I have time for a quick post, I tell myself, as my quilt stares at me, flabbergasted at my audacity.
Because I don't have time.
Not even close.
But somehow I will find the hours, (between 12 and 2 tomorrow morning, most likely), but for now I need to write.
This morning I was remembering when I had to take Olivia to the hospital when she was only six weeks old and hold her down as they inserted a catheter. Most of my early mothering is a vague blur of breasts and bottoms, but I clearly remember that moment. Because I wanted to cry as hard as she was. I wanted to protest, and be unreasonable, to scream and maybe even punch that sweet-looking nurse right in the mouth for even suggesting the idea, but instead, I held her down and bit my cheek until I could taste blood. When I picked her up after it was all over, I could tell she was still holding a grudge. I used to think Olivia never forgave me that moment. She seemed put-out for nearly two years, and whenever she would get offended again I could see her going back to that moment and pulling out her old list of grievances.
I was on the phone this morning helping a friend solve a prom dress crisis as I was doing Savannah's hair.
And the irritation was practically seeping out of her.
She likes me undivided.
I started to part, and she huffed.
I raised my eyebrows at her. A question and an admonition in one.
She rolled her eyes.
I tried again. Pigtails this time.
She was near tears by the time it was over.
Fighting between angry and sad, she came undone and dissolved into yelling about not having enough time to fill her water bottle and the injustice of wearing long pants this late in the season and why she can't find her notebook.
It is clear she has her own list of grievances.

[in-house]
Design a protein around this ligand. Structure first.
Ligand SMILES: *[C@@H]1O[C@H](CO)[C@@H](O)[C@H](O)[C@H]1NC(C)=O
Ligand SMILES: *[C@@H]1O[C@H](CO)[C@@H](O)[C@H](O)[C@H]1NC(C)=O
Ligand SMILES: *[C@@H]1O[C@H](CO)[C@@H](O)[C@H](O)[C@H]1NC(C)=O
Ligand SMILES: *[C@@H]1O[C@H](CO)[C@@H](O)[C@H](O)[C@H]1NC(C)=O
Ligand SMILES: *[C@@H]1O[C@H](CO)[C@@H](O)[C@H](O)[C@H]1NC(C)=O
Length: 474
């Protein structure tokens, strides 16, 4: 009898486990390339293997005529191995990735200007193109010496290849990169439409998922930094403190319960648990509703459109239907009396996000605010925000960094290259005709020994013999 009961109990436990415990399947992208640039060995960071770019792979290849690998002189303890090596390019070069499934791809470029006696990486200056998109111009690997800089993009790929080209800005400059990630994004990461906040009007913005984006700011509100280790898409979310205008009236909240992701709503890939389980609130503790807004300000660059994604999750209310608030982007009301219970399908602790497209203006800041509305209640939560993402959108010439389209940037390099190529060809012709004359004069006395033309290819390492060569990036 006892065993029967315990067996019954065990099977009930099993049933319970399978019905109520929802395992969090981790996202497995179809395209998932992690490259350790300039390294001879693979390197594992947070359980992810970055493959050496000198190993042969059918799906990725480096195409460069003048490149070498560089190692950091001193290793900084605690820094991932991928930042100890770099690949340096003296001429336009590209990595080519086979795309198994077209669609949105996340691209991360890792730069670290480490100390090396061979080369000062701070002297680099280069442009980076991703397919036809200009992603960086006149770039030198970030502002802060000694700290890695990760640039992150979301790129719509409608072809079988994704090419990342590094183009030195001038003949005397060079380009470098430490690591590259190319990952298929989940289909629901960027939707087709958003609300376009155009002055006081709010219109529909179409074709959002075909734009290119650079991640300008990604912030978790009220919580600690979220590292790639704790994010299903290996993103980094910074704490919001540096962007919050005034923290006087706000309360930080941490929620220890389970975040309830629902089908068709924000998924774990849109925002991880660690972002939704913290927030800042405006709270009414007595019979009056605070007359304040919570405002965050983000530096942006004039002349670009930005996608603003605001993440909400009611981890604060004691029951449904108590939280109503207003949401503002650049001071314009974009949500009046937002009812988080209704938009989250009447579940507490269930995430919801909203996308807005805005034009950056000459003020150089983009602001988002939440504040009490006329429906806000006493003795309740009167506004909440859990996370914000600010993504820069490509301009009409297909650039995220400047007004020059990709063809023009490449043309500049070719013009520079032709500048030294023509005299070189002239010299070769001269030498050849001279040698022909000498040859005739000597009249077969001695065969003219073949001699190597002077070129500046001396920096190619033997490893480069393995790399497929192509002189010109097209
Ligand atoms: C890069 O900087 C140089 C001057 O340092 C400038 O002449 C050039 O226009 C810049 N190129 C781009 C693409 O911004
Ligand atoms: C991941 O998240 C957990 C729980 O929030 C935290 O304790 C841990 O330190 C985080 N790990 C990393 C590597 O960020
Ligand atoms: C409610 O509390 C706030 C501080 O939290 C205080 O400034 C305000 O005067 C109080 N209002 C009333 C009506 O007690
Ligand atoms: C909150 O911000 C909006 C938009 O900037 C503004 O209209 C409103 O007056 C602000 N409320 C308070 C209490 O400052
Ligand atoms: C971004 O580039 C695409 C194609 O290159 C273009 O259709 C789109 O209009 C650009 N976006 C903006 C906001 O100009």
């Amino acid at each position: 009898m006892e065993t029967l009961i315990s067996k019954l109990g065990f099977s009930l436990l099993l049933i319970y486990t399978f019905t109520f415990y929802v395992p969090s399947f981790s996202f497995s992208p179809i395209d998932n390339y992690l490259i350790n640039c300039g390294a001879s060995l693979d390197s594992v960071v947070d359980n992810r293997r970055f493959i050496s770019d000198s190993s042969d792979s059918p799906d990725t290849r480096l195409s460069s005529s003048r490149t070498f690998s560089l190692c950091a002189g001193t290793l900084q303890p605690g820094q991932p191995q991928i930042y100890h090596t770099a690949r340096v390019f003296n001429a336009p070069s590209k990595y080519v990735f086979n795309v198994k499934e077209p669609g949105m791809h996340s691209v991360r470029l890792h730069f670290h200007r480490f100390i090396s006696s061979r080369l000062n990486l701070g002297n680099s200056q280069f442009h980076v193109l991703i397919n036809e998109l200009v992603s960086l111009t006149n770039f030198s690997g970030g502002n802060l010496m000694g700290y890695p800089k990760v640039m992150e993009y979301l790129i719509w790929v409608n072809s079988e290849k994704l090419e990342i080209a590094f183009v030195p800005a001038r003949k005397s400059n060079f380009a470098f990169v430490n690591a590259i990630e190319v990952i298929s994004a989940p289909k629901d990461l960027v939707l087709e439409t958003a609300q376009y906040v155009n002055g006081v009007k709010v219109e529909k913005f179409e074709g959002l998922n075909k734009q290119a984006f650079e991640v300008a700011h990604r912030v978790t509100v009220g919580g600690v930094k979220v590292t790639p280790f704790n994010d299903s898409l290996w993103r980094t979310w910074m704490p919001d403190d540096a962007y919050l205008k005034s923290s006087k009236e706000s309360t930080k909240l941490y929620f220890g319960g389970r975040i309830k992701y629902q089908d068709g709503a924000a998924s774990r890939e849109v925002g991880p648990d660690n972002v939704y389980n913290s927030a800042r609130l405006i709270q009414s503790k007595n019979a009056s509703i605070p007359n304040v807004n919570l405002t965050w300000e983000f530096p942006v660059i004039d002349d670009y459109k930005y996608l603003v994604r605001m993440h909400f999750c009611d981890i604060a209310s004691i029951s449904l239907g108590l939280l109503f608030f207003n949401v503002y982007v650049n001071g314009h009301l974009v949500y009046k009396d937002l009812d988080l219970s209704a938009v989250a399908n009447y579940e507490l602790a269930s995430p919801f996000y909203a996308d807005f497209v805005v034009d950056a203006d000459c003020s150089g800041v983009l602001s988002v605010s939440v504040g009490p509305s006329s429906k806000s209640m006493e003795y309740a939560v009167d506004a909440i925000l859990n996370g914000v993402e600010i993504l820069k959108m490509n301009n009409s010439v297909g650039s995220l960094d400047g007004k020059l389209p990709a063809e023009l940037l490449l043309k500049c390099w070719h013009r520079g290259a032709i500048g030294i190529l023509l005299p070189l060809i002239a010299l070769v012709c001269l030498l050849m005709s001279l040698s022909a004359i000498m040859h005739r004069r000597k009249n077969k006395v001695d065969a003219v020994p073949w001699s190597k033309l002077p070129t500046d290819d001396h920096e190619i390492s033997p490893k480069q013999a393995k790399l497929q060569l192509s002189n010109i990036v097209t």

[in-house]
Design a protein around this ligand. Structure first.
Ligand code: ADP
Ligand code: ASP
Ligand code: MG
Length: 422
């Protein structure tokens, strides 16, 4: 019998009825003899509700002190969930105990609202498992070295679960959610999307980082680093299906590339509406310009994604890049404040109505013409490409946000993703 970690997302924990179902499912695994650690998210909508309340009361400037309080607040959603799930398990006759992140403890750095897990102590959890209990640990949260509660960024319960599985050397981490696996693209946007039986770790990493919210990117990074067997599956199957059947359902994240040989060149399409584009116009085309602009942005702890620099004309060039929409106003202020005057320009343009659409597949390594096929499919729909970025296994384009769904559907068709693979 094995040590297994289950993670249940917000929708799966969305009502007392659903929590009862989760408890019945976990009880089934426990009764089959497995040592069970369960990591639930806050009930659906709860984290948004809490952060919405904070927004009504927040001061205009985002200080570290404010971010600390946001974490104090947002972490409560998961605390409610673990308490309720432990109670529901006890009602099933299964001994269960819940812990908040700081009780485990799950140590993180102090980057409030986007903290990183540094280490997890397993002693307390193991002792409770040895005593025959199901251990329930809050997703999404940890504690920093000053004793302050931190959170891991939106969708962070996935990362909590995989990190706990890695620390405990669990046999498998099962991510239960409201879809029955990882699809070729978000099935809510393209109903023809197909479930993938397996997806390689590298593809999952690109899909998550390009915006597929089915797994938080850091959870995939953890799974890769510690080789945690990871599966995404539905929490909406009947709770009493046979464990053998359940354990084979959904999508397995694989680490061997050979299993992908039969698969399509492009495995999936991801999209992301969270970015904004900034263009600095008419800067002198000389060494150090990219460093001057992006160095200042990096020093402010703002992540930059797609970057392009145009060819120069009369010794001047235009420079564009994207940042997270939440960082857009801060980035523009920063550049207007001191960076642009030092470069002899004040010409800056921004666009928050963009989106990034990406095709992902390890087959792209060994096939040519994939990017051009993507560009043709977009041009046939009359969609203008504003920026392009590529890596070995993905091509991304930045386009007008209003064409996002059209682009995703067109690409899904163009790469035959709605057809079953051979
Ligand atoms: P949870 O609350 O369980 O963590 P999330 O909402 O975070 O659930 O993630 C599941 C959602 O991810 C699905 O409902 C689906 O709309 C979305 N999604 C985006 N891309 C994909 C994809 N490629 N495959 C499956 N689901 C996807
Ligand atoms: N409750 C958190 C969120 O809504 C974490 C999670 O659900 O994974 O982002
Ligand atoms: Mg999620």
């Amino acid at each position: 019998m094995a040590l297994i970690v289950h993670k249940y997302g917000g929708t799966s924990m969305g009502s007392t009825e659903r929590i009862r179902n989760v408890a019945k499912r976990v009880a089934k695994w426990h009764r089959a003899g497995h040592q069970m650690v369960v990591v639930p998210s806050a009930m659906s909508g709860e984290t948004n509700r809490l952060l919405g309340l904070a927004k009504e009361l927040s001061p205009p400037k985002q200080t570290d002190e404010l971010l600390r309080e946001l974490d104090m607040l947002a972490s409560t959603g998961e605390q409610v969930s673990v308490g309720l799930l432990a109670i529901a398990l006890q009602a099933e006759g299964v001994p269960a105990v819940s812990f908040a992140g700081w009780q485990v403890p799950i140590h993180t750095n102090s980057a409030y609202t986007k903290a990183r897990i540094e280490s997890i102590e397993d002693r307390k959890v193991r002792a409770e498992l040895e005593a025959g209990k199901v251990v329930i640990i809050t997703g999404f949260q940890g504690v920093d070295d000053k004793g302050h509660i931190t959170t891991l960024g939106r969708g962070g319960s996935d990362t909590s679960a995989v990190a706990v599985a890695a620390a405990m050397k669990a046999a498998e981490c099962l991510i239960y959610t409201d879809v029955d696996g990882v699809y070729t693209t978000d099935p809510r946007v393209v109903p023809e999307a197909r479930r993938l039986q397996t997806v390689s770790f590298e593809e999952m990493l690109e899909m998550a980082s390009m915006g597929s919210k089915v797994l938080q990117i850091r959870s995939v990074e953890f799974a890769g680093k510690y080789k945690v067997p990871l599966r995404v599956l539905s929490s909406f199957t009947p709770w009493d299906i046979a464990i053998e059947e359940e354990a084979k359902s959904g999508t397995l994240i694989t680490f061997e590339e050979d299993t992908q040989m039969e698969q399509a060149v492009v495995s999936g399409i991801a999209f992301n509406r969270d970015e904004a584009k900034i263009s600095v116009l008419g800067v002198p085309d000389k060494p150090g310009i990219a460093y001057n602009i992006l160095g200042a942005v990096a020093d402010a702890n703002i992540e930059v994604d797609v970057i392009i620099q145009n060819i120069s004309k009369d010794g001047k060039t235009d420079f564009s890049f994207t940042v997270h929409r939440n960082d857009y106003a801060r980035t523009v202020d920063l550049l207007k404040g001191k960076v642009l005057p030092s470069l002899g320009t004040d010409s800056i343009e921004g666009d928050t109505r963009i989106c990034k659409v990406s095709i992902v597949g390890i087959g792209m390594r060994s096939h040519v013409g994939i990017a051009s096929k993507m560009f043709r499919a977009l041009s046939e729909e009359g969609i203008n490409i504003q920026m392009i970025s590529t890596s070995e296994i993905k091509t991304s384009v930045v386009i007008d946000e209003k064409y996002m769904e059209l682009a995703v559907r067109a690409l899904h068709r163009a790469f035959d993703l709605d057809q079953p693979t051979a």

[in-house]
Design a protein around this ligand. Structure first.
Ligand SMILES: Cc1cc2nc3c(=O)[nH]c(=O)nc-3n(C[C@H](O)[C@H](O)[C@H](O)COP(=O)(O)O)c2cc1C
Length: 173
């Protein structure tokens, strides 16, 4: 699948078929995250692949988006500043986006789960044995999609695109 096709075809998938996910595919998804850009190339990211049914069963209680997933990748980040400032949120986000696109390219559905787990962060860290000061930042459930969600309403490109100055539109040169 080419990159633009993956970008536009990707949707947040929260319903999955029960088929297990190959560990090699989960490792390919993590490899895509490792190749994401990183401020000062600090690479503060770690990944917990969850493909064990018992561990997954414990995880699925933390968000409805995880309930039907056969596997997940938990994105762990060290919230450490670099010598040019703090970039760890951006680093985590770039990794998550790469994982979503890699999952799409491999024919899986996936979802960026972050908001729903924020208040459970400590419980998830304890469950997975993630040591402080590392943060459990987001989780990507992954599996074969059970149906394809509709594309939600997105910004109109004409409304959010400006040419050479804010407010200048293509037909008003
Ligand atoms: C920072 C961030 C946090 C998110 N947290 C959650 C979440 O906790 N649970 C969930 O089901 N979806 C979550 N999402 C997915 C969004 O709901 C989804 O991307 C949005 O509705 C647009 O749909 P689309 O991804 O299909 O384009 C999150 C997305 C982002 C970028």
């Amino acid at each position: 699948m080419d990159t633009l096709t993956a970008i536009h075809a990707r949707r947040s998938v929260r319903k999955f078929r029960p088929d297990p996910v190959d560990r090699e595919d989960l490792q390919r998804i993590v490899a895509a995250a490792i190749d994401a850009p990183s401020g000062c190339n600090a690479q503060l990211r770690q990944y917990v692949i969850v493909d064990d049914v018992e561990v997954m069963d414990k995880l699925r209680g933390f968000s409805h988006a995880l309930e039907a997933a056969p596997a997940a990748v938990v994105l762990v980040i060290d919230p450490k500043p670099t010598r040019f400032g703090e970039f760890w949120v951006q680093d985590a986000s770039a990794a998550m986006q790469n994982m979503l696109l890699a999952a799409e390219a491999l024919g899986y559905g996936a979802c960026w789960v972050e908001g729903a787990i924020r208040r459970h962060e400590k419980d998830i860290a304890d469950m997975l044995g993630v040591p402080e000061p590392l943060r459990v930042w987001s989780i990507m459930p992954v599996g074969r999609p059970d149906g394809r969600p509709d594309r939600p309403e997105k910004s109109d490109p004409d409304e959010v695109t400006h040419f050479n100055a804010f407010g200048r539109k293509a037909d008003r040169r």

I want to whisper in her ear that it can only get worse. That she doesn't know the half of it. That I don't know exactly why she's angry, but that I am sure she is right. That my list of inadequacies is longer than she can imagine. I want to sympathize with her and commiserate and conspiratorially add a few grievances that she might have overlooked, just to make her feel justified. I want to whisper to her that she should protest, that she deserves me undivided and wholly hers. That she is being robbed. And then we could scream together. But instead, I bite my cheek and send her on her way.
I asked David to put on Adele this morning.
I lay there listening and wishing.
When the rain is blowing in your face
And the whole world is on your case
I could offer you a warm embrace
To make you feel my love
When it was over David asked, "Do you want to hear it again?"
I nodded. Yes, please.
I am a mother divided. Into a hundred different pieces and my children are getting fewer and fewer these days. Savannah is the only one with the sense to protest. Everyone else just limps along, trying to pretend it doesn't matter.
It's starting to get hot again here.
Which I usually complain about. Which is ridiculous, given my location on the earth. But I do anyway. I tend to take it personally.
Last night after my meeting, I drove to Olivia's softball game to watch the last two innings. It was still warm.
For the first time, instead of despair and irritation, I felt freedom. Freedom, breathing hot and fast on my neck.
I could feel it coming. I felt like sobbing. It is going to get hot. Really hot. And I am going to be free. And then we are going to be whole again. Really whole. And undivided.
Hold on darlings. It is coming.